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ABSTRACT: (a) To validate a method for acquiring reproducible radiographic images and repeatable measurements of digital images. (b) To investigate the clinical and radiographic changes following periodontal surgery and in a periodontally healthy control group.
In-vitro study. Sixteen dried human skulls had replicate intra-oral radiographs taken using an extra-oral alignment apparatus under simulated clinical conditions, and measurements were made on the images using Image Pro-Plus analysis software. In-vivo study. Seven subjects, aged 38-63 years with chronic periodontitis, were treated using replaced flap surgery. Nine patients with healthy periodontal tissues were recruited as a control group. Clinical measurements and radiographs were taken pre-surgery and 6 months afterwards, and at the same interval for untreated healthy controls using the alignment apparatus. Radiographs were analysed using Image Pro-Plus and subtraction radiography.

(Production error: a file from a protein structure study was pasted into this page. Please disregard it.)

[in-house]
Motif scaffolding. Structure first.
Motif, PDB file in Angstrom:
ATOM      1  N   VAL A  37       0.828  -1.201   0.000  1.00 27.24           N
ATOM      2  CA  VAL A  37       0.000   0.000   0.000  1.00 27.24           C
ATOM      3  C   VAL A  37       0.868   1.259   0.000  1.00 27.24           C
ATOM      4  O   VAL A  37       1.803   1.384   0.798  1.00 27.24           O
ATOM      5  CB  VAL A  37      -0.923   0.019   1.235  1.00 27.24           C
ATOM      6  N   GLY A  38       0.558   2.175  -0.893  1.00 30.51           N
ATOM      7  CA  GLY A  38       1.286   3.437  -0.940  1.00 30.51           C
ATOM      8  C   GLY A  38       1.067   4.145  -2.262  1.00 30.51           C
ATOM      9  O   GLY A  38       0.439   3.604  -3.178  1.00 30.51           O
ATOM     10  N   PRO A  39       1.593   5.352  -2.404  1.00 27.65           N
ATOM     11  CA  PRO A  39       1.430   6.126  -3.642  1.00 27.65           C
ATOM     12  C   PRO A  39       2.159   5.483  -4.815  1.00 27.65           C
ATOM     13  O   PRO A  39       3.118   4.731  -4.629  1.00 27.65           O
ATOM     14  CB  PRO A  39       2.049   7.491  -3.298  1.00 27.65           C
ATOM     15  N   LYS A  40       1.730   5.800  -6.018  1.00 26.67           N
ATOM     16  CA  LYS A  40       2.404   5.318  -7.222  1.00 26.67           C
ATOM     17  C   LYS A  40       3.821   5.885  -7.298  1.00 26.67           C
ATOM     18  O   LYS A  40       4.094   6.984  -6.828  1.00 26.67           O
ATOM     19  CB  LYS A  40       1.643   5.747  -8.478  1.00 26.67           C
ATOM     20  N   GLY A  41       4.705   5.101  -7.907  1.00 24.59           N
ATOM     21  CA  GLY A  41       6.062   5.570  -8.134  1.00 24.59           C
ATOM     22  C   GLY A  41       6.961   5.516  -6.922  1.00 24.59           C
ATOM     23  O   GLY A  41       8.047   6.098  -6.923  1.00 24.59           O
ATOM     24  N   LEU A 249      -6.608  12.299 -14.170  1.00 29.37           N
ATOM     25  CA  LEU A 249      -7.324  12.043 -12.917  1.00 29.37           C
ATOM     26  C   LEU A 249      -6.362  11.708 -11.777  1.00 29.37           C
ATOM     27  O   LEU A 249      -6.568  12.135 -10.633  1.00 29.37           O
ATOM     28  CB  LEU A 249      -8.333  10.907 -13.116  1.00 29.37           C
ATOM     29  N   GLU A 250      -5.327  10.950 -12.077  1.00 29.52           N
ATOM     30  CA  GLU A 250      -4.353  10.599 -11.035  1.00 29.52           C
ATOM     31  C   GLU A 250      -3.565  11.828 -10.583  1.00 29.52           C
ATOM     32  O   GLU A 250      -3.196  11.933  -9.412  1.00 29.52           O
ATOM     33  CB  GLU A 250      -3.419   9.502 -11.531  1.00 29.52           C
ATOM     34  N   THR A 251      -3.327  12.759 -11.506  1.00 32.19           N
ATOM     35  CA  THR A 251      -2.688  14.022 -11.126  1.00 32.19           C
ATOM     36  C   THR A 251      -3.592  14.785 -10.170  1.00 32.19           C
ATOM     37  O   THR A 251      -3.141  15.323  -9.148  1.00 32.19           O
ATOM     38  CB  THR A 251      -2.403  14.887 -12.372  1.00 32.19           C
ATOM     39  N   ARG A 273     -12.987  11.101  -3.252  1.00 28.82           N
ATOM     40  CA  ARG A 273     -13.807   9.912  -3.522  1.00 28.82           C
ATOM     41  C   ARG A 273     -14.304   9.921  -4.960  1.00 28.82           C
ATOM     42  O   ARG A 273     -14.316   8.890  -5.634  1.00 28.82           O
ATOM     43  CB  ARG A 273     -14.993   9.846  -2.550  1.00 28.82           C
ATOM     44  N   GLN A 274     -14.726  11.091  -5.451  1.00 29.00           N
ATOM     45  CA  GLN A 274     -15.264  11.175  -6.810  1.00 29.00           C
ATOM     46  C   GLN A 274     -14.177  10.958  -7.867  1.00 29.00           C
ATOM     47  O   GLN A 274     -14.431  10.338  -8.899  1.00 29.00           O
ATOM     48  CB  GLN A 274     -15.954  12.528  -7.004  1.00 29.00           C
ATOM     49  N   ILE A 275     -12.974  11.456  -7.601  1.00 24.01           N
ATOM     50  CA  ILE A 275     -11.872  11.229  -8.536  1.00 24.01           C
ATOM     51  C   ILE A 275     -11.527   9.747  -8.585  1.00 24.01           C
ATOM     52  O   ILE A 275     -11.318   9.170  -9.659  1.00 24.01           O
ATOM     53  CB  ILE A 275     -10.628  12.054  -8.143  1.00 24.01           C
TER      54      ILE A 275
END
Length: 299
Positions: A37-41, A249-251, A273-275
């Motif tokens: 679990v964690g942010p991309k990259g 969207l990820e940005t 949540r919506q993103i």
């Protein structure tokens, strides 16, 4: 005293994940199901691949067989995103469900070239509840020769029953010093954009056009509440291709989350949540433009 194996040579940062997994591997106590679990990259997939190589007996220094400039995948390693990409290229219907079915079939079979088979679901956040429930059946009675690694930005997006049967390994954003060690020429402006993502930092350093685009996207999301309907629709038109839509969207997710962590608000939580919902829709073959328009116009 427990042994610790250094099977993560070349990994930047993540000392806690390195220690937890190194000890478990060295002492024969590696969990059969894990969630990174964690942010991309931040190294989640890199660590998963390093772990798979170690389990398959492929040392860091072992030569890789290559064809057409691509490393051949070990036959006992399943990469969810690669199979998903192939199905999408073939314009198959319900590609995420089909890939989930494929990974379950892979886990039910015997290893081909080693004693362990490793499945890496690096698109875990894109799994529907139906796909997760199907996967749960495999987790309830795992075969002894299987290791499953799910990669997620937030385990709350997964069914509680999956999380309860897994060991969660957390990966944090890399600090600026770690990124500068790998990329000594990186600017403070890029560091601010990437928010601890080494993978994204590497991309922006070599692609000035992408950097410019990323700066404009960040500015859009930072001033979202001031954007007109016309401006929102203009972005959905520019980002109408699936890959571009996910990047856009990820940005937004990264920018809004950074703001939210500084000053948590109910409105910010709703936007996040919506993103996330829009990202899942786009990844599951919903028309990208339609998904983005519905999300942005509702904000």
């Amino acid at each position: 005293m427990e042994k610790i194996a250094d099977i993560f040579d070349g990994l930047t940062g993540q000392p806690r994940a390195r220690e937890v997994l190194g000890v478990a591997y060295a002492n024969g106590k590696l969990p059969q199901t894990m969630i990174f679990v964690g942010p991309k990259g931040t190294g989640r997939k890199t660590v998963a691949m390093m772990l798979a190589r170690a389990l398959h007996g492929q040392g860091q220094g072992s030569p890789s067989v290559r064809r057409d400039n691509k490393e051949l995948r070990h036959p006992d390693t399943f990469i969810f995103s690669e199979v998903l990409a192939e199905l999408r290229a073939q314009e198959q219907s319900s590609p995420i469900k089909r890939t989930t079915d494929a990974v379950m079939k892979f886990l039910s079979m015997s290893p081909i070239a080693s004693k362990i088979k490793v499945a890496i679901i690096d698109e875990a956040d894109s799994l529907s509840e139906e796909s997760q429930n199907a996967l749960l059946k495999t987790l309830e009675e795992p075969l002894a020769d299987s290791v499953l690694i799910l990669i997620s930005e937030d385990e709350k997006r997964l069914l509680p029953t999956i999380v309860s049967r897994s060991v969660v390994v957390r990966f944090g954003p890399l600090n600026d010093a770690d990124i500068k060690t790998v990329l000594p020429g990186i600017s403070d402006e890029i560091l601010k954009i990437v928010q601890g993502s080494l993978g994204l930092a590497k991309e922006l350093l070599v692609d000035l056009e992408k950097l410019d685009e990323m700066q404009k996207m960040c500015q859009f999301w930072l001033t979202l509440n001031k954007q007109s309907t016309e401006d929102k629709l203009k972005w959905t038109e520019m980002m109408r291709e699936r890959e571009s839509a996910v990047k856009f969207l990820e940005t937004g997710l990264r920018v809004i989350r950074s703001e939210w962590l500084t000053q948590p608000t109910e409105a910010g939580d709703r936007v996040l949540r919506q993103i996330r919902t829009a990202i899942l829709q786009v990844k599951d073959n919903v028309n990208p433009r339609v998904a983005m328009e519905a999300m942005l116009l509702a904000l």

Radiographs had a high degree of reliability (ICC 0.98-0.99) for the in-vitro study and intra-operator repeatability of measurements was high (ICC 0.65-0.99) for the in-vivo study. Over this interval there were both significant clinical improvements and in bone gain within infra-bony defects on radiographs. Subtracted images showed that out of 17 surgically treated sites, 13 showed evidence of bone gain, one showed no change, two showed bone loss and one could not be interpreted due to poor alignment. Overall there were no significant clinical or radiographic changes in the control group.
Radiographic images were highly reproducible. Measurements had a high degree of repeatability. The methods used allowed accurate quantitative and qualitative measurement of change in alveolar bone. This technique would allow accurate measurement of any changes in alveolar bone levels in patients with periodontal disease.
Journal of Dentistry 11/2005; 33(9):781-8. · 3.20 Impact Factor